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|Using Prognostics for Extending Maintenance-Free Operation - A Case Study using Inductive Sensors for Condition Based Maintenance of a Wave Solder Machine|
|Keywords: Preventive Maintenance, Prognostics, Manufacturing|
|One of the most important factors for the industries to become a market leader requires near zero downtime performance for the manufacturing equipment. Most machine maintenance is either reactive type, where the equipment is either fixed or replaced after it fails; or blindly proactive where a certain level of performance degradation is assumed though there is no kind of malfunctioning input from the machine. For the latter case maintenance is scheduled on a fixed time interval even if the servicing of the machine is actually required or not. Figure 1 illustrates an overview of the different types of maintenance that are classified into preventive and reactive types of maintenance. The preventive type can be further classified into condition based and predetermined types of maintenance. Out of all different types of maintenance, condition based maintenance is the focal point of our investigation. This condition based maintenance is a PHM methodology to forecast maintenance-free operation cycles by avoiding scheduled maintenance based on actual application conditions. Figure 1. Overview of the different types of maintenance When humans are in charge of detecting deviations from the expected performance – health of mechanical equipment, it is very often observed that the degradation of the system appears to be invisible to the human sensing capability. A conservative approach to avoid this “sudden” failure would have been to schedule a maintenance based on a strict fixed time interval during which the probability of failure is very small or in other words, close to zero. Reality is that in fact machines usually go through a measurable process of degradation before they fail. The system health can be monitored by measuring the critical condition parameters which can prove to be a good tool to indicate the equipment physical condition. If this data can be effectively reduced, modeled, and continually analyzed it is actually possible to go ahead of the fixed interval preventive maintenance to smart prognostics (condition based maintenance) in which the likelihood of failure is predicted based on the remaining life models derived from the extracted real time health data that will be captured with the help of specific sensor(s). Our investigation will use of the fundamental knowledge of prognostics and health management (PHM) as it pertains to extending the maintenance-free operation period applied to a particular case of a “Wave Solder (WS) machine”. Figure 2 shows a schematic of our proposed approach for the current investigation on Wave Solder machine. Figure 2. Schematic diagram showing the PHM approach for extending the maintenance-free operation period of a Wave Solder machine.|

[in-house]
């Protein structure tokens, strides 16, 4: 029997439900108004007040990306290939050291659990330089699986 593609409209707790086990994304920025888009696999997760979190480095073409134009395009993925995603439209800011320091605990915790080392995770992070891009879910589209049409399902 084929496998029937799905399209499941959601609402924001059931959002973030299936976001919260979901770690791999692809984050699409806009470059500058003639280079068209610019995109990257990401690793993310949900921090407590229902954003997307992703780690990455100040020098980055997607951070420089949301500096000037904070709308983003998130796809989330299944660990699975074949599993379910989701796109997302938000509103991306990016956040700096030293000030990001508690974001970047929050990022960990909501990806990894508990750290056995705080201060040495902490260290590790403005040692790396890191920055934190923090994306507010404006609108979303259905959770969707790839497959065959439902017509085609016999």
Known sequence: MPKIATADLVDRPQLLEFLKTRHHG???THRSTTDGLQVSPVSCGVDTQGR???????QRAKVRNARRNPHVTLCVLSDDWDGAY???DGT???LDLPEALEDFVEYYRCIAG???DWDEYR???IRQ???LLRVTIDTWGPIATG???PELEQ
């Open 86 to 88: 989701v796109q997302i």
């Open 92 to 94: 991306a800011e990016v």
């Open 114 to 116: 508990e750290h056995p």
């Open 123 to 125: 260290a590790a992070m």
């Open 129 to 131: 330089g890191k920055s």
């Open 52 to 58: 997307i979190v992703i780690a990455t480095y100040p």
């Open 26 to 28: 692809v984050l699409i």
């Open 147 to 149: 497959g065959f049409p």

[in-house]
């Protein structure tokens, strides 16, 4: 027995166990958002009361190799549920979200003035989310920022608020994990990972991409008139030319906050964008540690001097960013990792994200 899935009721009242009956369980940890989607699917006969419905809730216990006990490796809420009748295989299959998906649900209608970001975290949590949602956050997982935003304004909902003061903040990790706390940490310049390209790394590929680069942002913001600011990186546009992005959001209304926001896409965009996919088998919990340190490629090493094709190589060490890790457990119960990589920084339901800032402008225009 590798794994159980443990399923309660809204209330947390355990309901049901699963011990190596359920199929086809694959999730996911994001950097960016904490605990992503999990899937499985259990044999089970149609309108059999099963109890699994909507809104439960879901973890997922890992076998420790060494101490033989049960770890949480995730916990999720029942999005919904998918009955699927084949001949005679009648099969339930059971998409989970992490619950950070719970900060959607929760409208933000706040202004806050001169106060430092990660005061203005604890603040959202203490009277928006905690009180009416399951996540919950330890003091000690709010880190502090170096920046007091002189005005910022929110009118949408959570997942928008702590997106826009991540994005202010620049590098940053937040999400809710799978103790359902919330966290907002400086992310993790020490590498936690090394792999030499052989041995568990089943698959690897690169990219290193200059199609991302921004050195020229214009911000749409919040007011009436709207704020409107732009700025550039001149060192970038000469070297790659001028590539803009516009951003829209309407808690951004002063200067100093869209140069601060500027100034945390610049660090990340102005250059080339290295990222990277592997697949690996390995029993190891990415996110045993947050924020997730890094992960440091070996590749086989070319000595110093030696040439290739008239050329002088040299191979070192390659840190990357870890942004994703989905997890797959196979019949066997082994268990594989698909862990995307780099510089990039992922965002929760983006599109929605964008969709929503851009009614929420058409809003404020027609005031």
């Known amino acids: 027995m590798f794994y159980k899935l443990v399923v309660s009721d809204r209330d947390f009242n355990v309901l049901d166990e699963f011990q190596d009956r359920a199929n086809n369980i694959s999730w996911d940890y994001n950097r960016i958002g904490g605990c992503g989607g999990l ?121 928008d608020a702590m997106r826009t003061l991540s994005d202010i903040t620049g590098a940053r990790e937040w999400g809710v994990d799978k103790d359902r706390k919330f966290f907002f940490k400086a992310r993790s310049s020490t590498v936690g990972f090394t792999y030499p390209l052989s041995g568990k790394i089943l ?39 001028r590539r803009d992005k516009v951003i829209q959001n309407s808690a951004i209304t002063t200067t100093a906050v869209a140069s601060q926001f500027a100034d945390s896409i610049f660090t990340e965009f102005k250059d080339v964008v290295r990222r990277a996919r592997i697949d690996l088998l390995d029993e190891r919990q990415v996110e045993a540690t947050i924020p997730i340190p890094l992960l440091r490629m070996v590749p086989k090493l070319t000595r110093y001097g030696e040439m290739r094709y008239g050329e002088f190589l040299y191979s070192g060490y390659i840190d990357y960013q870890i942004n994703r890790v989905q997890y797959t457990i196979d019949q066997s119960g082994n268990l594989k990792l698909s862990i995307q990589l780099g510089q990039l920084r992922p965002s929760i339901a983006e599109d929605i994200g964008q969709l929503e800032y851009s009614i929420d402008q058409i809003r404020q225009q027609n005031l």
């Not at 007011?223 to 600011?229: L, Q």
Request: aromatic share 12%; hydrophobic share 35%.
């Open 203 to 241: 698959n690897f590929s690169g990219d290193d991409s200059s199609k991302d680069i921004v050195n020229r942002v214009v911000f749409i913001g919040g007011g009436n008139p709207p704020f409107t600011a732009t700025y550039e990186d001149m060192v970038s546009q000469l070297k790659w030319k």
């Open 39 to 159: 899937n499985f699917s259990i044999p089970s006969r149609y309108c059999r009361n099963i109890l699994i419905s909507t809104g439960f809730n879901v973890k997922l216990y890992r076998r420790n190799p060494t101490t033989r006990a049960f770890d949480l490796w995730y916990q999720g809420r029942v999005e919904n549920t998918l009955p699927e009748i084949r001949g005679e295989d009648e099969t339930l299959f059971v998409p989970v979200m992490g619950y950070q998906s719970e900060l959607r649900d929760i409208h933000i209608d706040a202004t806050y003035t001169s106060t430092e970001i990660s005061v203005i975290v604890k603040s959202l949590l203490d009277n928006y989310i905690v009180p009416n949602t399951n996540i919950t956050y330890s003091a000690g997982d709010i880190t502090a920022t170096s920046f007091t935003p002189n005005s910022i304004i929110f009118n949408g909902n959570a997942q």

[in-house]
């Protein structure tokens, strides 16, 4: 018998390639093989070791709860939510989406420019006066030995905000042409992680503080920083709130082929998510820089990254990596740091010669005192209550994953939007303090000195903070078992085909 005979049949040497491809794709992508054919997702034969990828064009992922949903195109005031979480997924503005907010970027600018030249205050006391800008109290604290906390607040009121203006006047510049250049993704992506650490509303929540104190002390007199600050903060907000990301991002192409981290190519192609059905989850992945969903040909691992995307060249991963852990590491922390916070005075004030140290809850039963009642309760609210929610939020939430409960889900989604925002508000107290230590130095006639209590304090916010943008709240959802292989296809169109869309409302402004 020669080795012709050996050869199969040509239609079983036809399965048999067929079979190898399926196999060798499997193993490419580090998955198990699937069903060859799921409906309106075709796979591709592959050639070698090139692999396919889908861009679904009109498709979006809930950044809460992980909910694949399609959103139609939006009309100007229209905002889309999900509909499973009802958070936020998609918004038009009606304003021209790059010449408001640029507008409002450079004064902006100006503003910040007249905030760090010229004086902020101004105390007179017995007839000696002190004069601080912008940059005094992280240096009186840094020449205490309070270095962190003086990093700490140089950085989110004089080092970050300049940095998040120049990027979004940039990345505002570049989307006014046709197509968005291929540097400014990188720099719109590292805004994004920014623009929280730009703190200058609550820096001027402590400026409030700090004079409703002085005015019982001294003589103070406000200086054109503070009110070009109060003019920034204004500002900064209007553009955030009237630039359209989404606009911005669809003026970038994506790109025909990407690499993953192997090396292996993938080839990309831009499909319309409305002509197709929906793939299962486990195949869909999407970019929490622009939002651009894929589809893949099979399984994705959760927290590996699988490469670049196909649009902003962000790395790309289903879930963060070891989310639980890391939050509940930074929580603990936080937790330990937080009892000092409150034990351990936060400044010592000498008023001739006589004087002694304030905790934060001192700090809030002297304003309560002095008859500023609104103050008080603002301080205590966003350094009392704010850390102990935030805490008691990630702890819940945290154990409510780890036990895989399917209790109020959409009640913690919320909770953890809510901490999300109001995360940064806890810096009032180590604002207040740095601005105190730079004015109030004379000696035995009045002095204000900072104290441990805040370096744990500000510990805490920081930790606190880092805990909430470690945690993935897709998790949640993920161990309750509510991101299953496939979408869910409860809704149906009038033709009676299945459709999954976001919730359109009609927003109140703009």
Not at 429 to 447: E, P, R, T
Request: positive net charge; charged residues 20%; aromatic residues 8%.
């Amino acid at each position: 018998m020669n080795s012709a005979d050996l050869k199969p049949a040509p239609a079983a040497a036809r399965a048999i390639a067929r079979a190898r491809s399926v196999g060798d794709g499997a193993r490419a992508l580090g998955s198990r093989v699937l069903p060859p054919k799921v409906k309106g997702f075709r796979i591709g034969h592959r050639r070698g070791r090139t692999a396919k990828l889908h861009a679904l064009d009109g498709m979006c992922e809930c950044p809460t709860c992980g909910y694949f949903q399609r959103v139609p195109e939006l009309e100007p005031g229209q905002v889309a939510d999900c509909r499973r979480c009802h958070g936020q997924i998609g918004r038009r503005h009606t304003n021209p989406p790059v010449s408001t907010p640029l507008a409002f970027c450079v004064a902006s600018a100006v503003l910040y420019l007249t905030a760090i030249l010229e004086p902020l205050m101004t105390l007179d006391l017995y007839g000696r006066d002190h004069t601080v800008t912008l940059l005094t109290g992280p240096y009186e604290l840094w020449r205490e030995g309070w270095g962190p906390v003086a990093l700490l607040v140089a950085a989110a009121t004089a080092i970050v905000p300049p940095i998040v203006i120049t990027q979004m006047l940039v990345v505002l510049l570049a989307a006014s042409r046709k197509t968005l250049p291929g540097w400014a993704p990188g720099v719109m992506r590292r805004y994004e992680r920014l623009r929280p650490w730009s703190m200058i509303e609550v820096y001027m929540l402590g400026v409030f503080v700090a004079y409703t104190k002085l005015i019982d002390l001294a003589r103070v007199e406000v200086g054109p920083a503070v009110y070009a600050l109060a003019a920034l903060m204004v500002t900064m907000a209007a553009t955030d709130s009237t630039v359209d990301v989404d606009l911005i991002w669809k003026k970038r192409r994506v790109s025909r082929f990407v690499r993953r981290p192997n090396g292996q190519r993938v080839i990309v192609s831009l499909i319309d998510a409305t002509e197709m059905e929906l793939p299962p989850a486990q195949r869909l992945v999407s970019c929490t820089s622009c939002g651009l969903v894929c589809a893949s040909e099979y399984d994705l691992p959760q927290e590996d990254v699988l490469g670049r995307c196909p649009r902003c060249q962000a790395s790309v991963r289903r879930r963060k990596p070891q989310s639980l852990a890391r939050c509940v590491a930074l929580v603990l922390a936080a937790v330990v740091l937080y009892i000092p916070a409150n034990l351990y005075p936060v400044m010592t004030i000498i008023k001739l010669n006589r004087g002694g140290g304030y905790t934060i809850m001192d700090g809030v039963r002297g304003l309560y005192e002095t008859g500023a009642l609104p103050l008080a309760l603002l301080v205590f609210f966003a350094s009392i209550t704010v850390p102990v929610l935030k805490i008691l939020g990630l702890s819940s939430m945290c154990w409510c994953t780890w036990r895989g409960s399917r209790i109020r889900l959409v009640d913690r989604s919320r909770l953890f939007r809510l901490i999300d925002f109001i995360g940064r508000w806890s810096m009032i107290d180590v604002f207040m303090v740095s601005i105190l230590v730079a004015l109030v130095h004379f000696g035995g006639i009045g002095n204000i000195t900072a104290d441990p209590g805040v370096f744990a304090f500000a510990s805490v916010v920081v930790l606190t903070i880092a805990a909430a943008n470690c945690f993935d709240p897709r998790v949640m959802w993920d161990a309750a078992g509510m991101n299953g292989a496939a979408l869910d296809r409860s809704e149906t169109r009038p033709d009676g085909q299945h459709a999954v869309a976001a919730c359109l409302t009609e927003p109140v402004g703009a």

|Pedro O. Quintero, Student
University of Maryland at College Park